Is Jagmeet Singh Ready For His Great Political ‘Close Up’?

With Monday’s announcement by Jagmeet Singh that he will compete for the leadership of the federal New Democratic Party, the current deputy leader of the Ontario party, is now making his much anticipated move to a larger political stage. The personable and popular Singh has been the subject of a number of accolades lately. He has been describes as a young and energetic leader, listed as one of the “50 most Influential people” by none other than Toronto Life magazine, and even more impressively, he has been named one of Toronto’s best dressed men. High praise indeed.

He has an almost fanatical youth following in his riding of Bramalea-Gore-Malton and has distinguished himself in public life for his vigorous advocacy in the fight to reduce auto insurance premiums, while raising awareness about people forced to work in tenuous temporary jobs secured through temporary job agencies. Most recently, Singh, a 38-year-old criminal defense lawyer and fellow turbaned Sikh, seems poised to rock and roll his way to the leadership of the federal NDP party in the hopes he can rock federal politics itself and roll Justin Trudeau in the ultimate charm offensive showdown — the next federal election.

In his quest for the leadership he will have some help. In addition to being popular amongst Sikh voters, he boasts the support of such NDP party movers and shakers as party youth wing co-chair Ali Chatur, Manitoba legislature member Nahanni Fontaine, Quebec organizer, former Layton speech writer Willy Blomme and Peel school board trustee Harkirat Singh. It has been said his campaign will be led by Michal Hay who is the executive assistant to Toronto city councilor Michael Layton, the son of late federal NDP leader Jack Layton.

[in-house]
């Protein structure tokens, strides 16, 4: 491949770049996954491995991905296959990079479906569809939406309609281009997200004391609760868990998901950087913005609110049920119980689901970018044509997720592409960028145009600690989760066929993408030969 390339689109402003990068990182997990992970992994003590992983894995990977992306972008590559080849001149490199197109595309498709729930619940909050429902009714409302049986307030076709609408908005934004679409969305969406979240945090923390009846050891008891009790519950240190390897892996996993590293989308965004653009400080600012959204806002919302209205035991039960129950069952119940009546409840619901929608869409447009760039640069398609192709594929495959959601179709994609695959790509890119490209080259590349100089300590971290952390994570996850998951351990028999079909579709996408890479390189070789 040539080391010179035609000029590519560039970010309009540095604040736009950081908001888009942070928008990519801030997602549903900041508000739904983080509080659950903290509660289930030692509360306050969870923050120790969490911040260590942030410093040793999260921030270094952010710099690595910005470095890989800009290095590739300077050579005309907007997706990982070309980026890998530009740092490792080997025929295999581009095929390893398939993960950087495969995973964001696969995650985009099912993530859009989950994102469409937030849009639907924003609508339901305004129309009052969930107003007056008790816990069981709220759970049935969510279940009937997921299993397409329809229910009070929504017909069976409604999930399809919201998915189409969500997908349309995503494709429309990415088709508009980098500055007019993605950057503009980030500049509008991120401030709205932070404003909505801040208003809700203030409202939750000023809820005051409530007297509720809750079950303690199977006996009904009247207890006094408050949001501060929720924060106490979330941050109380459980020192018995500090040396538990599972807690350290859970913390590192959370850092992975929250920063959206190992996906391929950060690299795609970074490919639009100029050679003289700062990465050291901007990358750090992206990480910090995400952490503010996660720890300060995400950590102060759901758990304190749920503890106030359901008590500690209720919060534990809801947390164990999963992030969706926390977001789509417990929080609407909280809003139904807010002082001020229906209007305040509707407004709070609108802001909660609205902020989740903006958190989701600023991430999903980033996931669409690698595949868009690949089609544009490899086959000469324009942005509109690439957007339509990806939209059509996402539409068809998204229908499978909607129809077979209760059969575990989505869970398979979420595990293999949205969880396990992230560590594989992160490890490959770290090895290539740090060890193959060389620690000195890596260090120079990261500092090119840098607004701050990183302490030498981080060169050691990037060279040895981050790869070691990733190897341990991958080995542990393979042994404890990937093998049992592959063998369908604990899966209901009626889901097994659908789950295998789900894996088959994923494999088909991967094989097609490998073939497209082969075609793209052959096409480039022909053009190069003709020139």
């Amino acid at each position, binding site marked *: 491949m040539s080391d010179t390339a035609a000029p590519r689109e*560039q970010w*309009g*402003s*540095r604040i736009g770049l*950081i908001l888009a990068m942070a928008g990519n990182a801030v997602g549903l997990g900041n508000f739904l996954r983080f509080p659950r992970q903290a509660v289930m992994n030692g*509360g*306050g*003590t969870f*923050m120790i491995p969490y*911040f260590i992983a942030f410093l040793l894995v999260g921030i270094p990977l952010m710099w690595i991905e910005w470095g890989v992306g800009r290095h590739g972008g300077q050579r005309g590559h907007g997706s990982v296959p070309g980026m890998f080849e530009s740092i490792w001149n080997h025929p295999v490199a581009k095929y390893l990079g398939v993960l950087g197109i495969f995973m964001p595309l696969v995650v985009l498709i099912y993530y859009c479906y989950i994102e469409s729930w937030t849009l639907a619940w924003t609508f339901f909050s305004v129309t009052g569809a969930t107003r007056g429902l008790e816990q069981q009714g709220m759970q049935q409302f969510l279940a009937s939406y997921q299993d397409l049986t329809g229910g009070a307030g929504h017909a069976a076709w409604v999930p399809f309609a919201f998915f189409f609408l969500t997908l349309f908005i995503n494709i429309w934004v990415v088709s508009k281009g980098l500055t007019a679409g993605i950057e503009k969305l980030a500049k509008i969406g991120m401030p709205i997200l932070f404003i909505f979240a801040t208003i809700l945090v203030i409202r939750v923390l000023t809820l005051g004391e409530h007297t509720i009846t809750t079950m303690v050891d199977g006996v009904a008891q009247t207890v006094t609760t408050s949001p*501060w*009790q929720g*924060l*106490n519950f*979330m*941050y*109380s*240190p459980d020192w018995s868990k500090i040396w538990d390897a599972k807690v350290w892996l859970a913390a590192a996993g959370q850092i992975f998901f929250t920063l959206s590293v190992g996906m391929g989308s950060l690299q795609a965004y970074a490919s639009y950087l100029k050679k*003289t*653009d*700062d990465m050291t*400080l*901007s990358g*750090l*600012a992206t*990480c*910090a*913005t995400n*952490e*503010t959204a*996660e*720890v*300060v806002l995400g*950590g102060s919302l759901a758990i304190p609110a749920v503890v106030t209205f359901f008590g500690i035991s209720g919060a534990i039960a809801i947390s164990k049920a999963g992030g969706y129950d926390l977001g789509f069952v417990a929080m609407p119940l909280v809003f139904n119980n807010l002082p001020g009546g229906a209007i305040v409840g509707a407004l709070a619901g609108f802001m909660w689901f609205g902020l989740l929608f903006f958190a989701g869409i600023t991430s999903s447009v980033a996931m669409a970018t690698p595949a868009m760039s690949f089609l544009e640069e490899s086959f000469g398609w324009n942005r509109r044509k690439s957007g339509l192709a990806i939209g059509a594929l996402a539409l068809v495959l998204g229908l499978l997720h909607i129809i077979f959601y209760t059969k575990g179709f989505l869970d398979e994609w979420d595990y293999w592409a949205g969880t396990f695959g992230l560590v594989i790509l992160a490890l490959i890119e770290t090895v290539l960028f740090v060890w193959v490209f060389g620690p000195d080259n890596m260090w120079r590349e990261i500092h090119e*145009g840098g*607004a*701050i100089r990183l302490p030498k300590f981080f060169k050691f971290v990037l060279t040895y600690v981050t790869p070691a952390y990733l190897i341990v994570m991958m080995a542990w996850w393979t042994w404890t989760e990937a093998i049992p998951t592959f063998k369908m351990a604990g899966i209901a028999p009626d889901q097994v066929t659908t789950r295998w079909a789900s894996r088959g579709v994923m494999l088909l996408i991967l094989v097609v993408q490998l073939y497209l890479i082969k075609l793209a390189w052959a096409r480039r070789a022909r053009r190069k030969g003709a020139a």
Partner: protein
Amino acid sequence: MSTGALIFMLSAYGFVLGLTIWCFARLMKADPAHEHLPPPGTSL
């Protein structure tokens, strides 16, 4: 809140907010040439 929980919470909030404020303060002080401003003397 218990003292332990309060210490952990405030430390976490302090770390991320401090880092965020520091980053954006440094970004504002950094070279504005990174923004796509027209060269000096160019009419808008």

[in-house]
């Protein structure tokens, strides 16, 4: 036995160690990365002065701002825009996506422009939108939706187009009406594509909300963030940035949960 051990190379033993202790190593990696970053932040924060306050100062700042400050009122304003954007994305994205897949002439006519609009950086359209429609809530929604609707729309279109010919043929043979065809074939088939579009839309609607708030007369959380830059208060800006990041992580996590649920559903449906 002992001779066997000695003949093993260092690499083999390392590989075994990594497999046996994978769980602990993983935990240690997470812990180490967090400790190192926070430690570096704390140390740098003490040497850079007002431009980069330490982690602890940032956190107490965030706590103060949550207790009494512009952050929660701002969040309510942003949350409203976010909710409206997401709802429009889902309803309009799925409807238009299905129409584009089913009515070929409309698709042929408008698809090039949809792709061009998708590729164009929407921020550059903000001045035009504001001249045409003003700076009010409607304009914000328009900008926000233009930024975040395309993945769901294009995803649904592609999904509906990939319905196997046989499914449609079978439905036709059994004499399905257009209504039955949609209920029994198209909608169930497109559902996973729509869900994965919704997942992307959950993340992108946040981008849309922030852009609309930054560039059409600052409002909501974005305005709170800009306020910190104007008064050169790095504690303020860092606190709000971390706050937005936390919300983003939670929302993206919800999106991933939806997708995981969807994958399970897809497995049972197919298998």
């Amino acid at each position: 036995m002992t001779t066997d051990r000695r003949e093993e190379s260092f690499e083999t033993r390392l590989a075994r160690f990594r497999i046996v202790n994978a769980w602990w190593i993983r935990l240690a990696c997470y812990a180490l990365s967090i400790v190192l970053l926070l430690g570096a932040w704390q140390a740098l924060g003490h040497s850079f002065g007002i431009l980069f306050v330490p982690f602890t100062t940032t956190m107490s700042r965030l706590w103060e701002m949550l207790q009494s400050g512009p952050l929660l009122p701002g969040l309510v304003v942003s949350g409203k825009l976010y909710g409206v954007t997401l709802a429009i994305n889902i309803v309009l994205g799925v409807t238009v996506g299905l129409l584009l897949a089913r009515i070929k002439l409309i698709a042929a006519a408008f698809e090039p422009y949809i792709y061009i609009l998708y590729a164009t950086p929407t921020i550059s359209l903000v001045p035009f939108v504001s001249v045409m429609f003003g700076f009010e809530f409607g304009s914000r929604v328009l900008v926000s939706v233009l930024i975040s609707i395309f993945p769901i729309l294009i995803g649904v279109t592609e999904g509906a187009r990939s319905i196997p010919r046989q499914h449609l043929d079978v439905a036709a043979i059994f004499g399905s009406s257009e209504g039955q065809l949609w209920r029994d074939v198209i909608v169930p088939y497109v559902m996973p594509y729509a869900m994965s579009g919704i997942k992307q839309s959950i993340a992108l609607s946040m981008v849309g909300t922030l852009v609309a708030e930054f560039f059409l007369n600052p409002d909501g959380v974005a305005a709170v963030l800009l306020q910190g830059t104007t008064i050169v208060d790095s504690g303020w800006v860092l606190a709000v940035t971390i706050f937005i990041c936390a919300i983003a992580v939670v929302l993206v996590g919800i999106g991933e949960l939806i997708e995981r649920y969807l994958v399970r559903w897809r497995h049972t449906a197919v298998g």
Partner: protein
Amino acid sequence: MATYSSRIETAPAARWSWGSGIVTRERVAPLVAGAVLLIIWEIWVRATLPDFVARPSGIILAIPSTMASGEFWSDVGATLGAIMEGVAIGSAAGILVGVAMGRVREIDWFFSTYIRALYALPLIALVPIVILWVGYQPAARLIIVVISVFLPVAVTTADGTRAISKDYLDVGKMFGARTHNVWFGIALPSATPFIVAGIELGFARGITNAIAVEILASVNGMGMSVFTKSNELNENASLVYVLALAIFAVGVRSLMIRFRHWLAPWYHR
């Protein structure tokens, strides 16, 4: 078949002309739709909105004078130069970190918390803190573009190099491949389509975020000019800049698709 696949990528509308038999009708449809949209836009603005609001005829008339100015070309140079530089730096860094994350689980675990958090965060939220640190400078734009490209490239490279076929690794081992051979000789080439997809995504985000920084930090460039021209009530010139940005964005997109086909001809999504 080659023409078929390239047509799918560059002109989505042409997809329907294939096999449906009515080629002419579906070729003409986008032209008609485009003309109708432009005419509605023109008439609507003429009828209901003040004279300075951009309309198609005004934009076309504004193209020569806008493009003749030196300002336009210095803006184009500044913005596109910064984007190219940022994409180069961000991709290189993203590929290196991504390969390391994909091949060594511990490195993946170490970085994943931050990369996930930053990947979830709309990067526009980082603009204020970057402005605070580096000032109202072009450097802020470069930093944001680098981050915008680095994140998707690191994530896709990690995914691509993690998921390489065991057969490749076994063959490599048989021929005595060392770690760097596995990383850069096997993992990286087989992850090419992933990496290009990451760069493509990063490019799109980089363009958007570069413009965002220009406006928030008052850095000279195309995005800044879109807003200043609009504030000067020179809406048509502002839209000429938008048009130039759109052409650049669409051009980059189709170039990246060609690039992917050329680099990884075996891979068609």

While Justin Trudeau’s approval ratings have dropped somewhat, pundits maintain this is normal 15 months post election easing and in no way does it indicate any trends for the future, nor provide any evidence of change in the fortunes of our current prime minister or his party. It is a hard reality that the 103 seat count held by the NDP in the 41st Parliament has almost collapsed to 44 in the current 338 seat lower house, while the Liberals have gone from 34 to 184 seats over the same period.

This reality means that Singh has his work cut out for him in the coming months. He will need to work hard, engage the party and the public well beyond his home riding and his home province, and gain a great deal of public recognition and trust before he can move against the current governing Liberals.

Jagmeet Singh is not without experience. He was elected to the Ontario Legislature in 2011, is currently the deputy leader of his party, and is his party’s critic for issues concerning the Attorney General of Ontario and the Ministry of Government and Consumer Services.

One thing is certain in the leadership race to come; Singh bears watching and I for one will be keenly interested to hear his platform and see how he intends to lead his now lackluster party out of the doldrums and back to the status of a contender in the next federal election. How the nation sees him both in this leadership race and should he win, as a leader of the Federal NDP Party, is at this point still very much up to him. This upcoming leadership contest is going to be very worth following.

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